Turn Up the Heat at Thai Table

Thai Table Brings Authentic Thai to Plymouth.

Thai Table owner and longtime Plymouth resident Len Muehleisen knows Thai food can be intimidating for Minnesotans, but he points out that only a few of the restaurant’s menu items are inherently spicy. Most can be made anywhere from zero spice to “Thai hot.”

A Wisconsin transplant with an electrical engineering background, Muehleisen isn’t the person you’d imagine running a Thai restaurant. Neither he nor his wife, Yuphadee Muehleisen, who goes by Toy, expected to be in the business. Toy was born in Thailand, where she was a rice farmer. “I never thought I’d work at a restaurant at all — it’s a big difference.

All my life I just farmed,” she says.

Len’s path to Thai Table began after a tsunami struck Southeast Asia in December 2004. “If I wouldn’t have gone to help clean up there, I never would have pursued anything like this,” he says. Having been to Phuket twice before, Len thought of the people he’d met working at restaurants on the beach. “But the real deciding factor was a Sunday newspaper article with a picture of one of the beaches in Phuket,” he says. It quoted a policeman saying tourists were still coming, but they were just taking pictures. “What they really needed is help, and that struck a nerve with me.”

Len raised $5,000 for the relief effort from friends and business associates, which was enough to help 10 families. He also helped to rebuild one woman’s house. He decided to go back a year later to see them, and that’s when he met Toy, who drove the woman to the airport to meet him.

Toy came to visit Len in Minnesota a couple times in the following years, and they went to his favorite Thai restaurant, the now-closed True Thai in Minneapolis, where she got to know the owner and several cooks. One cook had been asked by the owner of First of Thai, who was occupying Thai Table’s current space, if he wanted to buy it. Since he didn’t have any interest, he thought of Toy and wondered if Len might want to buy.

Len declined. However, he’d just reached the end of a five-year contract and was having trouble finding work because of the recession, so six months later he decided to give it a try. Though lacking restaurant experience, he had background in management and sales — plus the cook from True Thai wanted to work for him. “I had the right ingredients and decided to take a chance,” Len says.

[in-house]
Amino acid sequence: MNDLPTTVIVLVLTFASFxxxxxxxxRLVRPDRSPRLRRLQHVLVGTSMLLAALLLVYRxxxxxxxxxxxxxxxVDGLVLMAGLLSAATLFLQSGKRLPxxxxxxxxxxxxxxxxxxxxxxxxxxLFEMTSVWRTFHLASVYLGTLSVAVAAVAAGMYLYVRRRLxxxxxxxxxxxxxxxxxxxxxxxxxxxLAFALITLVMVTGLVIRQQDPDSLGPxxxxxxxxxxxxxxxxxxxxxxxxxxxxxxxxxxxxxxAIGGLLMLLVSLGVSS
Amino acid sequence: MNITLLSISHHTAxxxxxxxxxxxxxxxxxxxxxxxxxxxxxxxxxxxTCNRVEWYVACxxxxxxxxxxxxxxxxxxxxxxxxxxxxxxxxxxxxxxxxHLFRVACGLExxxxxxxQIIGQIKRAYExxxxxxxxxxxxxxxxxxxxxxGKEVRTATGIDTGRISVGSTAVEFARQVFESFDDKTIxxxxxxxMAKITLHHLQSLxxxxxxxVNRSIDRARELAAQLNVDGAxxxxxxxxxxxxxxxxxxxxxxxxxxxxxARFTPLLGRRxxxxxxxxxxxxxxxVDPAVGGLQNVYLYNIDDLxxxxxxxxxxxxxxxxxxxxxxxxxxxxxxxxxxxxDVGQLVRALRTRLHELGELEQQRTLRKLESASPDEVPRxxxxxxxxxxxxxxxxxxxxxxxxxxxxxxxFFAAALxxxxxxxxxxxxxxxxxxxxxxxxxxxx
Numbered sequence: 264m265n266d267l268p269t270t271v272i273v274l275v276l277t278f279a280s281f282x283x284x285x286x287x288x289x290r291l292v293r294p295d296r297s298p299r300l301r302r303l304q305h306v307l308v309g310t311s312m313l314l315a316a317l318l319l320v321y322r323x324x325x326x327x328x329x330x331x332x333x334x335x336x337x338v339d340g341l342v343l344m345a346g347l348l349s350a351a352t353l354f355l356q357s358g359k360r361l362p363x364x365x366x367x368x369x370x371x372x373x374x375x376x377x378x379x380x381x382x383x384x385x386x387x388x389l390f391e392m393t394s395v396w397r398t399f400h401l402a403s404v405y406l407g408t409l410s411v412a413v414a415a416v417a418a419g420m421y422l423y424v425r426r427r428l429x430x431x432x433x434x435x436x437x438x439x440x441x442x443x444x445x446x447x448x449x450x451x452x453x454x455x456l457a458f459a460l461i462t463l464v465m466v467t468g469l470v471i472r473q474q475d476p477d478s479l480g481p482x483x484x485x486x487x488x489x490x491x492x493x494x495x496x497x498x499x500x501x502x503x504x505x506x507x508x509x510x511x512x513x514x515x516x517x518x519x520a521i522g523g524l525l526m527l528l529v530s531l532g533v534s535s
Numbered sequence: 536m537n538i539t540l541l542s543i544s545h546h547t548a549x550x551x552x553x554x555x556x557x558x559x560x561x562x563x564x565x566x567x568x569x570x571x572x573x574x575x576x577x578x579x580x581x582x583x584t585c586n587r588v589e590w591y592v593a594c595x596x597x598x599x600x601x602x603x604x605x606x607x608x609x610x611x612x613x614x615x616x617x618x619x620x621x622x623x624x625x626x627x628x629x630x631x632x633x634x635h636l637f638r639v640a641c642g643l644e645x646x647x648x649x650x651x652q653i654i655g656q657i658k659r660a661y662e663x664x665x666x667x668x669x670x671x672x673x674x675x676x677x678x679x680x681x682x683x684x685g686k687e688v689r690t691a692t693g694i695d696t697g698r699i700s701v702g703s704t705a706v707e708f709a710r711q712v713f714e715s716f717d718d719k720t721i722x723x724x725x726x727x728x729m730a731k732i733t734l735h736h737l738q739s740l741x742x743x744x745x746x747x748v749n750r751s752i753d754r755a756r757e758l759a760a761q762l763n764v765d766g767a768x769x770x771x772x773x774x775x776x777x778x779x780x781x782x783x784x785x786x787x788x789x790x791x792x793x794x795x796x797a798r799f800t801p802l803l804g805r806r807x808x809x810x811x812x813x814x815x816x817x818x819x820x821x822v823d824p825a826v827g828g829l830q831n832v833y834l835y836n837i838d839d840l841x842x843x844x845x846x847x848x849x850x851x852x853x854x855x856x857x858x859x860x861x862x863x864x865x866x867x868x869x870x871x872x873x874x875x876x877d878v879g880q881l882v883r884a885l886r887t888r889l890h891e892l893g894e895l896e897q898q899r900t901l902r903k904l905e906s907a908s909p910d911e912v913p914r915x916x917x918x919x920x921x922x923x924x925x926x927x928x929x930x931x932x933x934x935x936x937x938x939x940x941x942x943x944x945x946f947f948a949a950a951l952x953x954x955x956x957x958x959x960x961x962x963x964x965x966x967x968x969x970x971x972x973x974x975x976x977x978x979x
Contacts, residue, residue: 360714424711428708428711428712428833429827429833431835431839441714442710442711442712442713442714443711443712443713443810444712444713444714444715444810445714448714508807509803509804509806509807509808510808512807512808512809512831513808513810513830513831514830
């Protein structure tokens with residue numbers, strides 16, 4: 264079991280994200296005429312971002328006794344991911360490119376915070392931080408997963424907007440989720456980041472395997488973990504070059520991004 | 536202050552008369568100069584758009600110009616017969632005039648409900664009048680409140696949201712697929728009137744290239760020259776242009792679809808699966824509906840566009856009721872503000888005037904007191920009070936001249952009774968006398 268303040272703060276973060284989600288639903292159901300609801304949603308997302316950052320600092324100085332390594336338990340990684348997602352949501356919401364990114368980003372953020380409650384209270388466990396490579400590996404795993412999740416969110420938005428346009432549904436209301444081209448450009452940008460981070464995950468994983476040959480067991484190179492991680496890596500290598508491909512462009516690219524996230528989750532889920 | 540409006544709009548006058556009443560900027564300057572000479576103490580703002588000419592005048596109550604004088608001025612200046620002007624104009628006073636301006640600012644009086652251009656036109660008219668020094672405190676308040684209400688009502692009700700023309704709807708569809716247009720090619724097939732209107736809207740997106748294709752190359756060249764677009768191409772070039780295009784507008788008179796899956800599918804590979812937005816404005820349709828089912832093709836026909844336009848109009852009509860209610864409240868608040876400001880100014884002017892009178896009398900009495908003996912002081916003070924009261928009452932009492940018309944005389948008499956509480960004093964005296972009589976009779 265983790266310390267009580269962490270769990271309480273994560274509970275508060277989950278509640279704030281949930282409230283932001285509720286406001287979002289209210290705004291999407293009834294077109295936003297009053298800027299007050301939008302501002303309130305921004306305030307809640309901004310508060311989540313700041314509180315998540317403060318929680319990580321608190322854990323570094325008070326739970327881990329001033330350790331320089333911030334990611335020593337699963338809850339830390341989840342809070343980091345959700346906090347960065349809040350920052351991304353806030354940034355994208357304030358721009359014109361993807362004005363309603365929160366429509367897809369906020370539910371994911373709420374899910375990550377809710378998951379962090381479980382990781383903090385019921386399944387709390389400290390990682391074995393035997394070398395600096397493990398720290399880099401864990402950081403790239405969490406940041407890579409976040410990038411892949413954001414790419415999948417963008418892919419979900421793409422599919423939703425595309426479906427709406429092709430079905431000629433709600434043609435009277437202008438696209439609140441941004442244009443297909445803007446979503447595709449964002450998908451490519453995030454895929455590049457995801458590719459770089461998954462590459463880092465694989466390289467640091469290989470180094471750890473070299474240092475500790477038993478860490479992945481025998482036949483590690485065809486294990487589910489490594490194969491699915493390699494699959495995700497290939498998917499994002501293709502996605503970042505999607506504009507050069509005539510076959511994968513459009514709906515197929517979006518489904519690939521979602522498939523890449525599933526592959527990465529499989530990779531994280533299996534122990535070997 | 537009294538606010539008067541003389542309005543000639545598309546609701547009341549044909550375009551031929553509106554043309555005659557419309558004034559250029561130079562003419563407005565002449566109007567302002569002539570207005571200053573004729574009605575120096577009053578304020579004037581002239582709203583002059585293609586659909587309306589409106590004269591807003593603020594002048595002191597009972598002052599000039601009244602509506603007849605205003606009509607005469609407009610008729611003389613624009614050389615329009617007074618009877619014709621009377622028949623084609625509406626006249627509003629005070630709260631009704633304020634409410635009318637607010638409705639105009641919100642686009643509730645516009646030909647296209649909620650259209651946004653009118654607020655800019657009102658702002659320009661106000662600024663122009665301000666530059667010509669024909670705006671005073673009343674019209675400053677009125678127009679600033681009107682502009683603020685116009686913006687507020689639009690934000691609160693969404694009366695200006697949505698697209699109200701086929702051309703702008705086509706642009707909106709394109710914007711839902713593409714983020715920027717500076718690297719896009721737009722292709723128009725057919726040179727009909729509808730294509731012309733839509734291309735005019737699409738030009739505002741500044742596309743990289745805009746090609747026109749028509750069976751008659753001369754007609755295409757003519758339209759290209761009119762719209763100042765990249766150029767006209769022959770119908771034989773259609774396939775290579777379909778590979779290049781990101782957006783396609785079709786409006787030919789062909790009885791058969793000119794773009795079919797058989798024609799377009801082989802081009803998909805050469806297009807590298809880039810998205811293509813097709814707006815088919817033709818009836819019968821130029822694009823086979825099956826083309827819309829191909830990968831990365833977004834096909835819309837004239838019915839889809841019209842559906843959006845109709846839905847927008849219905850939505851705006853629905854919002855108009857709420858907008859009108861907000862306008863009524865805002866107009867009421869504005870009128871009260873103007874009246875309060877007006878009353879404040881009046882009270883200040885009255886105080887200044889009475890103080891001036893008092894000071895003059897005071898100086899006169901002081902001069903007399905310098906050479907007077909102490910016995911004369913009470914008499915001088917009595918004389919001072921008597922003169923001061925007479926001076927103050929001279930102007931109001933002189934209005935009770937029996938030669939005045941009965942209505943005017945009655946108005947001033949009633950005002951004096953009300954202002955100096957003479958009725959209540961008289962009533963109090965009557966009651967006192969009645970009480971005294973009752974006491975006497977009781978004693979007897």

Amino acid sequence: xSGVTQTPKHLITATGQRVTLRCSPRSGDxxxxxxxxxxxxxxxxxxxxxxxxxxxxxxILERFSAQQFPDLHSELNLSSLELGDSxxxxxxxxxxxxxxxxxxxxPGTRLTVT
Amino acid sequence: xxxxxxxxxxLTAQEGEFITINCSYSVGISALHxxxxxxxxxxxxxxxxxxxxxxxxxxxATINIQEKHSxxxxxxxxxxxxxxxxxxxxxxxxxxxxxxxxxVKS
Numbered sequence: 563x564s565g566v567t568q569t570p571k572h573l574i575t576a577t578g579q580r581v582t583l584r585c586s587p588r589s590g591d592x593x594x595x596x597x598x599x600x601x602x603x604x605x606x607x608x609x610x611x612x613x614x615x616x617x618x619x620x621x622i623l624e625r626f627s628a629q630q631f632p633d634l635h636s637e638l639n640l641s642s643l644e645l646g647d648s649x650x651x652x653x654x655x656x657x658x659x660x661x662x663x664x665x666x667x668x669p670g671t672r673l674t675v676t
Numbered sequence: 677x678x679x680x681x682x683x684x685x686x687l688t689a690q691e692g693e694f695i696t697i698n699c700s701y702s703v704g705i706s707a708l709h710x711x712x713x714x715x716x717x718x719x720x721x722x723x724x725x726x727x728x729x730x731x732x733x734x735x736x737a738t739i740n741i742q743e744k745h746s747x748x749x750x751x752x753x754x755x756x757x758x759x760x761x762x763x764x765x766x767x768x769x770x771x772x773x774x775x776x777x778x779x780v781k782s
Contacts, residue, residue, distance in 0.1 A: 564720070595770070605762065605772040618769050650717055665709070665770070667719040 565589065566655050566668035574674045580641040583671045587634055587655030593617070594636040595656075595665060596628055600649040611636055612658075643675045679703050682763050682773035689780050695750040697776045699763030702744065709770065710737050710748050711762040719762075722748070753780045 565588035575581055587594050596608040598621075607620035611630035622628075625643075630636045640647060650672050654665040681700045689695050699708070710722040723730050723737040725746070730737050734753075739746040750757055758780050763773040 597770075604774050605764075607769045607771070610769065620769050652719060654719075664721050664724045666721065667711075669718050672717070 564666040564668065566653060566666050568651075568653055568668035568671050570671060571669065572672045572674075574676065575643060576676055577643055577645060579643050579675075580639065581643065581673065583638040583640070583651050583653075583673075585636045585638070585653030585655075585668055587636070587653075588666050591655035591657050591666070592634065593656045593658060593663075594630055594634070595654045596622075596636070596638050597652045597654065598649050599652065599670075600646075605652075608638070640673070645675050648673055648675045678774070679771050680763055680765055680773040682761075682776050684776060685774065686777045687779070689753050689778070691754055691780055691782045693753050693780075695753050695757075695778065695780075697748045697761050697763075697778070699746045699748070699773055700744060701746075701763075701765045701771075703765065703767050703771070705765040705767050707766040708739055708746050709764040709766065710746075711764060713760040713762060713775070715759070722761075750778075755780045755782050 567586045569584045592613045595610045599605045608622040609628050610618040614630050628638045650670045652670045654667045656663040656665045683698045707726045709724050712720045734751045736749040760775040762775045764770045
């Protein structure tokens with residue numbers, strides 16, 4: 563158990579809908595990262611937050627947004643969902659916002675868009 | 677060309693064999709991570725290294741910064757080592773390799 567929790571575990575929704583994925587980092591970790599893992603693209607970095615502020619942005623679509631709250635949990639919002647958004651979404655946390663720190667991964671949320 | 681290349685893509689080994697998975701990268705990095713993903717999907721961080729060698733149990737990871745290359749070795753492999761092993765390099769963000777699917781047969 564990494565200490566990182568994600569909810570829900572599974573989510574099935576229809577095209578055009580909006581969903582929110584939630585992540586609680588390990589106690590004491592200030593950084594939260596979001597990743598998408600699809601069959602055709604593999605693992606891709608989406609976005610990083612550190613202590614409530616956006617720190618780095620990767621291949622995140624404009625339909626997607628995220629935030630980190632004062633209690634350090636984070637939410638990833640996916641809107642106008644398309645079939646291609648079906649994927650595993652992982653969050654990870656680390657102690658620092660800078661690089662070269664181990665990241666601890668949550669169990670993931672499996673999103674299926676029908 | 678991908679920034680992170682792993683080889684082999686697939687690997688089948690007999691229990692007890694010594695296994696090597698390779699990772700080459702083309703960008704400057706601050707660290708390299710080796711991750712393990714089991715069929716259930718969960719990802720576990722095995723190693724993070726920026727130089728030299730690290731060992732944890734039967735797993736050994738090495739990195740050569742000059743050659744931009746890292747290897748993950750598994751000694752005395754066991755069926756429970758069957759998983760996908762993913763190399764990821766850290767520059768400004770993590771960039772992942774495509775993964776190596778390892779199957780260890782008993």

That chance has worked out well for Len and Toy. They’ve known each other for 12 years now, the restaurant has been open for seven, and they’ve been married for five. “It was sort of scary to take a chance like that. I never thought I’d have a restaurant, let alone an ethnic restaurant,” he says. Over the years, Len has expanded the menu and added patio seating, as well as beer and wine.

He and Toy bought all the décor in Thailand, including the carved-wood molding. Toy and her mother hand-wove all the restaurant’s intricate grass placemats and made the table runners before she left Thailand.

Perhaps unexpectedly, Len’s electrical engineering skills have come in handy. He fixes dishwashers and other equipment that breaks, and he redesigned the restaurant’s rice cookers, which always broke within a year. He figured out which parts were failing and ordered new ones to improve the design.

The past seven years have given Len and Toy time to work out many operational details. The restaurant is almost entirely family-run, with help from Toy’s two daughters, her sister, her sister’s husband and her niece. “Getting good staff is the hardest thing,” Len says. “Now we’ve rounded the corner with that and have a real good staff in place right now.”

Pad Puk  
No. 36 on Thai Table’s menu

Pad Puk means stir-fried vegetable in Thai. This entrée includes a stir-fried combination of vegetables: broccoli, carrots, peapods, celery, cabbage, bell peppers and onion. And it’s easy to make at home.

How to make it:

Start by preparing about 2 cups of your favorite fresh vegetables. Cut into bite-sized pieces, put into a bowl and mix slightly.

Combine the following ingredients in a small bowl:
2 Tbsp. oyster sauce
1½ tsp. sugar
Pinch or two of ground white pepper
1½ Tbsp. soy sauce

Next, put about 2 Tbsp. of stir-fry oil in a frying pan on medium heat, along with 1 ½ cloves of crushed garlic. Stir and cook until garlic is light brown.

Add vegetables. Continue stirring until vegetables are about half cooked.

Add remaining ingredients and increase heat to high. Stir-fry quickly until the
vegetables are cooked.

Finish by adding ½ tsp. of tapioca starch, stir quickly and you’re done. Tofu, meat or seafood can be added as desired.

For fans of real spice
It’s not on the menu, but you can ask for lazy sauce — Toy used to make it for her grandfather when she was little. “When I’d cook it for him, he’d say, ‘Oh, you made the lazy sauce again,’ ” she laughs. The name refers to how quickly and easily the sauce comes together.